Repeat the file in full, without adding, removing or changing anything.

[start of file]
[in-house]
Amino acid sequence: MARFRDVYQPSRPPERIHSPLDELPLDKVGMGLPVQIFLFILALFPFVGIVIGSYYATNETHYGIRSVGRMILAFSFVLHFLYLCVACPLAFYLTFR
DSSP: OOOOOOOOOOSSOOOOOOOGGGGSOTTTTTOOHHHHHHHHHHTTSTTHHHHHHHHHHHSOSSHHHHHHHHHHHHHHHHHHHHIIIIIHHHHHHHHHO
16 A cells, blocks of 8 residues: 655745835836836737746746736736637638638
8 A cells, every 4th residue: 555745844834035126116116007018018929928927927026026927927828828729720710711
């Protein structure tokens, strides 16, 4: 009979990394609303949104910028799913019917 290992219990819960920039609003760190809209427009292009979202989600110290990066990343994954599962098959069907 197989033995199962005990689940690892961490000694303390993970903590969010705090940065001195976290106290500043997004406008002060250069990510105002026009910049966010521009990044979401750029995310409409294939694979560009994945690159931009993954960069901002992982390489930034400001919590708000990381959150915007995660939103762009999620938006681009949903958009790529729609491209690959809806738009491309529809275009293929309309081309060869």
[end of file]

[in-house]
Amino acid sequence: MARFRDVYQPSRPPERIHSPLDELPLDKVGMGLPVQIFLFILALFPFVGIVIGSYYATNETHYGIRSVGRMILAFSFVLHFLYLCVACPLAFYLTFR
DSSP: OOOOOOOOOOSSOOOOOOOGGGGSOTTTTTOOHHHHHHHHHHTTSTTHHHHHHHHHHHSOSSHHHHHHHHHHHHHHHHHHHHIIIIIHHHHHHHHHO
16 A cells, blocks of 8 residues: 655745835836836737746746736736637638638
8 A cells, every 4th residue: 555745844834035126116116007018018929928927927026026927927828828729720710711
């Protein structure tokens, strides 16, 4: 009979990394609303949104910028799913019917 290992219990819960920039609003760190809209427009292009979202989600110290990066990343994954599962098959069907 197989033995199962005990689940690892961490000694303390993970903590969010705090940065001195976290106290500043997004406008002060250069990510105002026009910049966010521009990044979401750029995310409409294939694979560009994945690159931009993954960069901002992982390489930034400001919590708000990381959150915007995660939103762009999620938006681009949903958009790529729609491209690959809806738009491309529809275009293929309309081309060869």